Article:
Thursday, 22 June 2023
Public Service Amendment Bill 2023; Second Reading
I rise to speak in favour of the bill that's before us, the Public Service Amendment Bill 2023. It gives me a chance to say on the public record something that I've said privately for many, many years and publicly in my own electorate: how important and valuable our Public Service is. It's so critical that all governments, regardless of the colour of the day, have a strong, well resourced, fiercely independent Public Service that is there to provide support and frank and fearless advice to the government of the day. I say this not just because I have two siblings that work for the Australian Public Service but also because it is critical to good government. We need to ensure that the people who are responsible for delivering government's decisions, parliament's decisions, are able to do so and have the resources to do so.
This should be, for many, a bit of a no-brainer—the purpose, the title, is 'public service'—but for far too long people in this place and people outside this place have been critical of our Public Service. Too many job losses have occurred. Core public services have been whittled away, particularly in the regions. Departments have been gutted, replaced with very expensive contracts that have provided advice that we now know not to be of best value. What we see in this bill is delivering on Labor's commitment at the election to restore and strengthen the APS's core purpose and value.
This bill adds a new APS value, the value of stewardship, which all APS employees must uphold. Stewardship will be defined as:
The APS builds its capability and institutional knowledge, and supports the public interest now and into the future, by understanding the long-term impacts of what it does.
This bill requires the Secretaries Board to oversee the development of a single, unified APS purpose statement, reviewed once every five years. It will help clarify and strengthen the provisions of the act and make clear that ministers cannot direct agency heads on individual APS staffing decisions. This is critical, particularly with the way in which we saw the APS politicised over the term of the last government. It aims to build the capacity and expertise of the APS. We need to rebuild our APS ability. It breaks my heart that so many taxpayer dollars have gone towards third-party organisations, consultancy firms, to give us advice when it should be our own employees, our own Public Service providing that advice.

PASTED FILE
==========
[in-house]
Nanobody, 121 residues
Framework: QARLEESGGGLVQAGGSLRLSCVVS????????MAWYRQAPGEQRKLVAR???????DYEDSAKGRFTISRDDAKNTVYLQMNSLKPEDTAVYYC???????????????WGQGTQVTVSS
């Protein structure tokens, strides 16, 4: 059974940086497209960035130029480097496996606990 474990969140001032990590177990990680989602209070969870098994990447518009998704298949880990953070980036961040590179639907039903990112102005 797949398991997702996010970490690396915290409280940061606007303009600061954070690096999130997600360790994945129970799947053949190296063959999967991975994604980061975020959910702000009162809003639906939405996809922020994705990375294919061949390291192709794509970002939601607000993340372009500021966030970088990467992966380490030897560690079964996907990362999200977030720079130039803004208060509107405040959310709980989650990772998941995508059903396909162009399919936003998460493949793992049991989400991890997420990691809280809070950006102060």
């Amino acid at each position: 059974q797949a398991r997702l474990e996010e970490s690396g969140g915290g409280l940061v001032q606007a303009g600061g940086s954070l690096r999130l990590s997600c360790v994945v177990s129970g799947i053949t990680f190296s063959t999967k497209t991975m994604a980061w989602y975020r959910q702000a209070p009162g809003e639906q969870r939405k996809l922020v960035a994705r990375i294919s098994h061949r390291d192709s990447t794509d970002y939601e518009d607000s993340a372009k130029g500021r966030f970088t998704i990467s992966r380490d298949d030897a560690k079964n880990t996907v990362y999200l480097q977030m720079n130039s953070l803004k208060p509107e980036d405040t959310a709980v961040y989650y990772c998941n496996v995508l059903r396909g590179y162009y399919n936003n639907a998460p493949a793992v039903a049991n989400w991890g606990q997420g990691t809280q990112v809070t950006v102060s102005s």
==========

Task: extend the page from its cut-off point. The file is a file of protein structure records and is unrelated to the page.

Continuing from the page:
I know how critical the APS is in my own electorate. It's not just the day-to-day services for people seeking Centrelink support. We used to have a tax office in Bendigo that was well resourced, able to provide local businesses, local organisations and local individuals with support. The tax office is one area that has lost thousands of staff over the last decade. It simply has put the service in a very precarious position. They are doing well with the resources that they have, but they need more. That is so that they can do what we all expect them to do: make sure that we have a frank tax system, a tax system that is fair and making sure that everybody, regardless of who they are, business or individual, is paying their fair share of tax.
We also need to make sure that we have a strong, robust public service when it comes to areas of immigration, making sure that people are getting the advice that they need in a timely manner. People in my electorate have already said to me they have seen improvements just with the changes that this government has made by being able to process claims quicker and making sure people are getting the advice that they need.
But what they all accept, quite tragically, is that our Department of Immigration is rebuilding. After years of being gutted, after years of political interference, they are now rebuilding. We need a strong, resourced, fearless, independent Department of Immigration that can give us in this place, government or nongovernment, the advice that we need around immigration matters. Immigration matters, like tax matters, strike at the very heart of our community. It's one of those areas people get the most anxious about. 'Is my loved one in the right place in the queue?' 'Is the rejection of their visa for valid reasons?' 'Am I paying the right amount of tax?' 'Have I been treated fairly by the tax office?' These are laws that effect so many people, so ensuring that our Public Service is independent, is transparent and has the resources to make those decisions is critical.
This bill amends the Public Service Act and is a key element of our APS reform agenda. It needs to be ambitious. It needs to be enduring reform that makes the APS goal and vision clear. It comes from the independent review into the Australian Public Service, which concluded that the APS lacks a unified purpose, is too internally focused and has lost capacity in important areas. By helping to redefine the purpose of our Public Service, we will also attract the brightest back. Once upon a time before Yes Minister, people chose the Public Service as a career of choice. If you wanted to be a public-policy maker, you didn't necessarily put your hand up to be a politician; you put your hand up to be a public servant, and it was a career choice. You knew that you'd be responsible for designing public programming and policy. Yes, there were government and ministerial decisions, and you enacted those; but, equally, you advised government on the very best pathway forward.